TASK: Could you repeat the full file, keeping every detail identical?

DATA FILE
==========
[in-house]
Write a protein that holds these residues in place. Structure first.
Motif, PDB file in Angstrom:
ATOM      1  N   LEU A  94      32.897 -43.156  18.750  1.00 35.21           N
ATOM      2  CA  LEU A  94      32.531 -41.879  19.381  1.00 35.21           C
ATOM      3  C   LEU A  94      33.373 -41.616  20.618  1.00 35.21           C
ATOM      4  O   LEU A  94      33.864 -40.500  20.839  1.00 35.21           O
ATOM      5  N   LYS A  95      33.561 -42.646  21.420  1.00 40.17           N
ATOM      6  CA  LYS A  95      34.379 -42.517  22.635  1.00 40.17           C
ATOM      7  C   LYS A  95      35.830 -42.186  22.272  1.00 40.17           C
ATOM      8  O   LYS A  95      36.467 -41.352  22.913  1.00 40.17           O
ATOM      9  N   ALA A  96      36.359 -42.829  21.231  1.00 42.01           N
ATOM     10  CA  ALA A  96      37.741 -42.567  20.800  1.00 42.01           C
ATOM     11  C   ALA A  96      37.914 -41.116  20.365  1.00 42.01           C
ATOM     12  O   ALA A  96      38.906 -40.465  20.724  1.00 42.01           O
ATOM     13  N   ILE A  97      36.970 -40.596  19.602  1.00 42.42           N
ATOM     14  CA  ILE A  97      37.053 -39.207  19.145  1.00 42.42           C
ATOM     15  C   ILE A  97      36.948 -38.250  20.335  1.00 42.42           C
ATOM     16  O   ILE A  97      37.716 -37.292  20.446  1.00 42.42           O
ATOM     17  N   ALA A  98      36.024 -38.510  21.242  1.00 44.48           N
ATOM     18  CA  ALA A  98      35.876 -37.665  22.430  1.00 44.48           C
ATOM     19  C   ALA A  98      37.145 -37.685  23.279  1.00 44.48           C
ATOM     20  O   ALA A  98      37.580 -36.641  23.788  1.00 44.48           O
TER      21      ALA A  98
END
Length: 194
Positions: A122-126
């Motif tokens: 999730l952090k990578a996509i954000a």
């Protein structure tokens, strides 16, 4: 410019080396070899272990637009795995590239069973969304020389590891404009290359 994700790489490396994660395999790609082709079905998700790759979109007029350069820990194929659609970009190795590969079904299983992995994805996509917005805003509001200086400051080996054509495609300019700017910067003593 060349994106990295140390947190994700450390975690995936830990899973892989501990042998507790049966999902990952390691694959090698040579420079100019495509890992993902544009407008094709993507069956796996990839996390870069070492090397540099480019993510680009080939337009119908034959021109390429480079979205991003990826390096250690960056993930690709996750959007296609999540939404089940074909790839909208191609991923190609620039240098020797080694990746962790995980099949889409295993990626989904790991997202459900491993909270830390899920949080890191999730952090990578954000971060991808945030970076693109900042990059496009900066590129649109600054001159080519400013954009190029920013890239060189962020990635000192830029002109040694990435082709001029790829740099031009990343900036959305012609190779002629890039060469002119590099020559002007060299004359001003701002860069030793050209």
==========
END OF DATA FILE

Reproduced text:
[in-house]
Write a protein that holds these residues in place. Structure first.
Motif, PDB file in Angstrom:
ATOM      1  N   LEU A  94      32.897 -43.156  18.750  1.00 35.21           N
ATOM      2  CA  LEU A  94      32.531 -41.879  19.381  1.00 35.21           C
ATOM      3  C   LEU A  94      33.373 -41.616  20.618  1.00 35.21           C
ATOM      4  O   LEU A  94      33.864 -40.500  20.839  1.00 35.21           O
ATOM      5  N   LYS A  95      33.561 -42.646  21.420  1.00 40.17           N
ATOM      6  CA  LYS A  95      34.379 -42.517  22.635  1.00 40.17           C
ATOM      7  C   LYS A  95      35.830 -42.186  22.272  1.00 40.17           C
ATOM      8  O   LYS A  95      36.467 -41.352  22.913  1.00 40.17           O
ATOM      9  N   ALA A  96      36.359 -42.829  21.231  1.00 42.01           N
ATOM     10  CA  ALA A  96      37.741 -42.567  20.800  1.00 42.01           C
ATOM     11  C   ALA A  96      37.914 -41.116  20.365  1.00 42.01           C
ATOM     12  O   ALA A  96      38.906 -40.465  20.724  1.00 42.01           O
ATOM     13  N   ILE A  97      36.970 -40.596  19.602  1.00 42.42           N
ATOM     14  CA  ILE A  97      37.053 -39.207  19.145  1.00 42.42           C
ATOM     15  C   ILE A  97      36.948 -38.250  20.335  1.00 42.42           C
ATOM     16  O   ILE A  97      37.716 -37.292  20.446  1.00 42.42           O
ATOM     17  N   ALA A  98      36.024 -38.510  21.242  1.00 44.48           N
ATOM     18  CA  ALA A  98      35.876 -37.665  22.430  1.00 44.48           C
ATOM     19  C   ALA A  98      37.145 -37.685  23.279  1.00 44.48           C
ATOM     20  O   ALA A  98      37.580 -36.641  23.788  1.00 44.48           O
TER      21      ALA A  98
END
Length: 194
Positions: A122-126
């Motif tokens: 999730l952090k990578a996509i954000a």
């Protein structure tokens, strides 16, 4: 410019080396070899272990637009795995590239069973969304020389590891404009290359 994700790489490396994660395999790609082709079905998700790759979109007029350069820990194929659609970009190795590969079904299983992995994805996509917005805003509001200086400051080996054509495609300019700017910067003593 060349994106990295140390947190994700450390975690995936830990899973892989501990042998507790049966999902990952390691694959090698040579420079100019495509890992993902544009407008094709993507069956796996990839996390870069070492090397540099480019993510680009080939337009119908034959021109390429480079979205991003990826390096250690960056993930690709996750959007296609999540939404089940074909790839909208191609991923190609620039240098020797080694990746962790995980099949889409295993990626989904790991997202459900491993909270830390899920949080890191999730952090990578954000971060991808945030970076693109900042990059496009900066590129649109600054001159080519400013954009190029920013890239060189962020990635000192830029002109040694990435082709001029790829740099031009990343900036959305012609190779002629890039060469002119590099020559002007060299004359001003701002860069030793050209």